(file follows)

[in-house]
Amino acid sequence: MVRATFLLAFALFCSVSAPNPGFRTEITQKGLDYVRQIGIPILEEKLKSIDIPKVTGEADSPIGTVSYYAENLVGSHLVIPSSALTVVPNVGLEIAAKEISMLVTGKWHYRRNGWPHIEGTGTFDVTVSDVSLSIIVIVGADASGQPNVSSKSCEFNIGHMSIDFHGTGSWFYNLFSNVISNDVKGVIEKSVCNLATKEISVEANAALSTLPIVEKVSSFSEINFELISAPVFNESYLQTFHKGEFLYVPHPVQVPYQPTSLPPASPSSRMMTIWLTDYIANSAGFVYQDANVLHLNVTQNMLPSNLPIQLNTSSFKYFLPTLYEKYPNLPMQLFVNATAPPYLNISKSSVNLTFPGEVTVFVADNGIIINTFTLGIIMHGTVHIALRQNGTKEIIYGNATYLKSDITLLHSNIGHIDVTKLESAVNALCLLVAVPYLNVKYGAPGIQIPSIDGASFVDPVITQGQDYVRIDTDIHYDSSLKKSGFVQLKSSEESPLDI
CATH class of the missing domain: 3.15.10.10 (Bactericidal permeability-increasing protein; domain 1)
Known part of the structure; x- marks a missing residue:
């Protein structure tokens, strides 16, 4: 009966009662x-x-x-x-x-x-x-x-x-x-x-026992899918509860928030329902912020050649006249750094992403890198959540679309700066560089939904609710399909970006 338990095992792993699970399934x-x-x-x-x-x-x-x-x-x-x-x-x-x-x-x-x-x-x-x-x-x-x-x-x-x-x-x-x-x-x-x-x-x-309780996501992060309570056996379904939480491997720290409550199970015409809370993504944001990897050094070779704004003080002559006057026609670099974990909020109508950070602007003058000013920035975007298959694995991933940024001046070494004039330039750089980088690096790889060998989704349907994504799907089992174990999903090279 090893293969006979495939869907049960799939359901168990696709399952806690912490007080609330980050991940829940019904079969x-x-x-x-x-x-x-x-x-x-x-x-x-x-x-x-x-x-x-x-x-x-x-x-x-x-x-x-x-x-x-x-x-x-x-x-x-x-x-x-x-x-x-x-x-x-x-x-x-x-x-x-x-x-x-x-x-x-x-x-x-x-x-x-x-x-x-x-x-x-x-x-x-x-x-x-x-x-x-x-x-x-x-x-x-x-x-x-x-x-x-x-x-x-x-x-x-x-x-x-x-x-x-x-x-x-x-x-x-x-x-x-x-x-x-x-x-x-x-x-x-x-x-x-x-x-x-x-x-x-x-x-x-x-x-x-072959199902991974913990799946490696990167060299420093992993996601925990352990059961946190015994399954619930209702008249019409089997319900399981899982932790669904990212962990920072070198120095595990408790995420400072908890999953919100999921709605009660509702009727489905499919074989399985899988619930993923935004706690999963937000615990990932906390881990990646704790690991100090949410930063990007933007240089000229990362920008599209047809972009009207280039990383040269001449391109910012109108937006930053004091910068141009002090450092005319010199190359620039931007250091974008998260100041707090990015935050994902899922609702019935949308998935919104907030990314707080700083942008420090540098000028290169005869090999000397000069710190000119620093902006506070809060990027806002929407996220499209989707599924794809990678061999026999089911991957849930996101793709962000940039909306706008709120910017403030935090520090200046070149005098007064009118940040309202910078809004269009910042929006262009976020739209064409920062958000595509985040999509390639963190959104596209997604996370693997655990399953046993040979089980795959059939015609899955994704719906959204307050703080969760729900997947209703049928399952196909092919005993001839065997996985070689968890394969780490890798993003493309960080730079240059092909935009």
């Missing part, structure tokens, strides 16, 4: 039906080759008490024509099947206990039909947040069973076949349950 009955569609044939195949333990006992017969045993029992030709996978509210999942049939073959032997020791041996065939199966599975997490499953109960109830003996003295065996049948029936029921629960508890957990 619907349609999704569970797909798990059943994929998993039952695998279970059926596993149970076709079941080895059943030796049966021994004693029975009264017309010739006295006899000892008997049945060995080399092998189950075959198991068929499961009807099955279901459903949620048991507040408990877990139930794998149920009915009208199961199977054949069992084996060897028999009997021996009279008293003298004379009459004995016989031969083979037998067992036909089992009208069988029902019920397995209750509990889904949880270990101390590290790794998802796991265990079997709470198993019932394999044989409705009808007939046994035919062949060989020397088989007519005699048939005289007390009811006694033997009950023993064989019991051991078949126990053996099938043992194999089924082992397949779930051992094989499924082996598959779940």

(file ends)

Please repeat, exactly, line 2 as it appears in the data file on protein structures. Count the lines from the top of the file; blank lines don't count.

Amino acid sequence: MVRATFLLAFALFCSVSAPNPGFRTEITQKGLDYVRQIGIPILEEKLKSIDIPKVTGEADSPIGTVSYYAENLVGSHLVIPSSALTVVPNVGLEIAAKEISMLVTGKWHYRRNGWPHIEGTGTFDVTVSDVSLSIIVIVGADASGQPNVSSKSCEFNIGHMSIDFHGTGSWFYNLFSNVISNDVKGVIEKSVCNLATKEISVEANAALSTLPIVEKVSSFSEINFELISAPVFNESYLQTFHKGEFLYVPHPVQVPYQPTSLPPASPSSRMMTIWLTDYIANSAGFVYQDANVLHLNVTQNMLPSNLPIQLNTSSFKYFLPTLYEKYPNLPMQLFVNATAPPYLNISKSSVNLTFPGEVTVFVADNGIIINTFTLGIIMHGTVHIALRQNGTKEIIYGNATYLKSDITLLHSNIGHIDVTKLESAVNALCLLVAVPYLNVKYGAPGIQIPSIDGASFVDPVITQGQDYVRIDTDIHYDSSLKKSGFVQLKSSEESPLDI